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    I think consistency has a lot more to do with training habits than anything else. Champions like Kwan didn't start landing their jumps after receiving top marks, they received top marks because they started landing their jumps.

    Besides, what about all of the skaters who say it's a lot more difficult to defend a title than it is to earn one for the first time? Look at a skater like Hughes: she knew a clean skate was still not going to get 5.9s and 6.0s and would likely finish behind Kwan, Slutskaya, and even Butyrskaya, yet she did it time and time again.

    Every competition has a different type of pressure from competitors, skating federations, media hype, gaining funding, lack of training, injury, personal issues, and countless other sources. True champions like Kwan, Slutskaya, Lipinski, Boitano, Yagudin, Plushenko, Lysacek (hate mentioning him but he did know how to compete) Stojko, and others were able to adapt to multiple situations, find inner focus, silence their nerves and compete.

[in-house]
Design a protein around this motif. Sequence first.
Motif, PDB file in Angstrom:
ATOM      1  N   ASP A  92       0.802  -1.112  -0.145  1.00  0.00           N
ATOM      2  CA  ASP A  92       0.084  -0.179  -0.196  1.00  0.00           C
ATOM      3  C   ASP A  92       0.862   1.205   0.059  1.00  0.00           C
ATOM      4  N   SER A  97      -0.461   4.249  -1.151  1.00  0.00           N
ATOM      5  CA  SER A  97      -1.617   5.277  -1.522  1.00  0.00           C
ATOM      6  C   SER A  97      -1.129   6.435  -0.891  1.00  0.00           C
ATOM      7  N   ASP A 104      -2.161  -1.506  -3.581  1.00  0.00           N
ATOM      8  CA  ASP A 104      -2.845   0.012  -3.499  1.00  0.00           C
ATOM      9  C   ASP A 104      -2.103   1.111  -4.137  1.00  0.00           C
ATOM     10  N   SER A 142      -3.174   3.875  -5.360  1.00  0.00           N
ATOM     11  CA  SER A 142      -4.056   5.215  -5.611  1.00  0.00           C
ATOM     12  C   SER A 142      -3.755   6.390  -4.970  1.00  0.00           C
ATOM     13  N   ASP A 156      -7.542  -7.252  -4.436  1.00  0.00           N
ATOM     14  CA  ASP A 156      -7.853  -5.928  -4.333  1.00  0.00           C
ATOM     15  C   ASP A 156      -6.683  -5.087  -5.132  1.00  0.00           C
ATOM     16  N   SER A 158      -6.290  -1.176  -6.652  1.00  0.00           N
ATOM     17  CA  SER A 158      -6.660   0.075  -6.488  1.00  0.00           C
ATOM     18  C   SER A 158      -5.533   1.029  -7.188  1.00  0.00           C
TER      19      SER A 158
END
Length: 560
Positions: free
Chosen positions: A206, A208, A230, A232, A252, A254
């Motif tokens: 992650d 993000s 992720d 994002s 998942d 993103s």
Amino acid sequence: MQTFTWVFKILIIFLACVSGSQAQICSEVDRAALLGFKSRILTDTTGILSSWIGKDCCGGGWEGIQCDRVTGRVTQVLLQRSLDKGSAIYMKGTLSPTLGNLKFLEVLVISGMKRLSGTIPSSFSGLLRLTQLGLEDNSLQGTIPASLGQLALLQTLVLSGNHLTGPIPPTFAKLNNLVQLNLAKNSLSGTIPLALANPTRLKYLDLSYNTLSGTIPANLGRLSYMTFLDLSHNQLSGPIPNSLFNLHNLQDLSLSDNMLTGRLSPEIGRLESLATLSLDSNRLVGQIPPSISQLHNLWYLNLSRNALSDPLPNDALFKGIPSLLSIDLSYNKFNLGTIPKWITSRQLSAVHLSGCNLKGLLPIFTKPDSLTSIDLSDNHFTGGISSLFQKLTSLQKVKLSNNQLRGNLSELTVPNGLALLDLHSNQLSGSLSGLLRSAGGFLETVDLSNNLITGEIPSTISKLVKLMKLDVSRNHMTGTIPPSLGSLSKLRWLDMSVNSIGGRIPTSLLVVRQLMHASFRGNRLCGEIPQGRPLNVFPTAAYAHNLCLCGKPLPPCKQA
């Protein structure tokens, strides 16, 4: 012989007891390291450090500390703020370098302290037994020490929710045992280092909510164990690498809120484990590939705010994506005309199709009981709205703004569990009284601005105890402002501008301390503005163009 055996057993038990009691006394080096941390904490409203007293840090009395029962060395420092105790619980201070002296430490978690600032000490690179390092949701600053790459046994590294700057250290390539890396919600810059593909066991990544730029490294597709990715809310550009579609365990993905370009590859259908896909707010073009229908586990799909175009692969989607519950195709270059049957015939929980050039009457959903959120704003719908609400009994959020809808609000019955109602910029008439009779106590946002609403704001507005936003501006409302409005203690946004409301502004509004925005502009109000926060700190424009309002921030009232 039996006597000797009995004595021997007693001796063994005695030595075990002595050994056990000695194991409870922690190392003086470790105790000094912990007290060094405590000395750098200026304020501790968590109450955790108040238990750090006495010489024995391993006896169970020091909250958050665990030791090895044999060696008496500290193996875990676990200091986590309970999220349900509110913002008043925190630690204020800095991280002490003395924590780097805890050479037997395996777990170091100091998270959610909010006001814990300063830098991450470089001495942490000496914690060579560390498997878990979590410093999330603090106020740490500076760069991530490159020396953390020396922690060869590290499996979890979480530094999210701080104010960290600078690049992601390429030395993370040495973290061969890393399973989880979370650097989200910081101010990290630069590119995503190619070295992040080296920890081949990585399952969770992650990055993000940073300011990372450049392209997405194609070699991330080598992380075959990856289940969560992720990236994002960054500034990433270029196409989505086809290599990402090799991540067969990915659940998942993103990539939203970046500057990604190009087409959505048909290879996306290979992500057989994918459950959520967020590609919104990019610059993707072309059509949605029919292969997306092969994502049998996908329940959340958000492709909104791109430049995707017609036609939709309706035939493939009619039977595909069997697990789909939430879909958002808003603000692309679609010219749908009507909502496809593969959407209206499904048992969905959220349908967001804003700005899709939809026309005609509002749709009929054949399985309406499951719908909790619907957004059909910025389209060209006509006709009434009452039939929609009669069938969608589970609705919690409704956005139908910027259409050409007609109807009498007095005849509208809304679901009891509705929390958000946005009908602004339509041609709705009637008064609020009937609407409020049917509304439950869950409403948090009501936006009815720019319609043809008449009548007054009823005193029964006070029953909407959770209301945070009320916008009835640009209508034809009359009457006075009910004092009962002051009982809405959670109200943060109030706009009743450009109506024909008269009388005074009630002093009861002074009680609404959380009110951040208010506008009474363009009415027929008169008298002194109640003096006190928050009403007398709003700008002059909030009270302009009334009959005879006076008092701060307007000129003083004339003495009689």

24. Vash01

    Vash01 Fan of Julia, Elena, Anna, Liza, and Vera

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    Kwan did not build confidence because she received 5.9 & 6.0s. She was rewarded with those marks because she consistently landed her jumps and was artistic too (for the second marks). She could handle the pressure of competitions; Cohen could not. That was the difference. Mental part of the competition has always existed; it did not come about because of COP.

    About the 90's- you were excited if someone landed two jumps in a row? Did you ever watch Midori Ito skate or Tonya Harding or Kristi Yamaguchi? Oh, and Michelle and Irina also skated in the 1990's with great consistency.
     
  25. bbkenn

    bbkenn Well-Known Member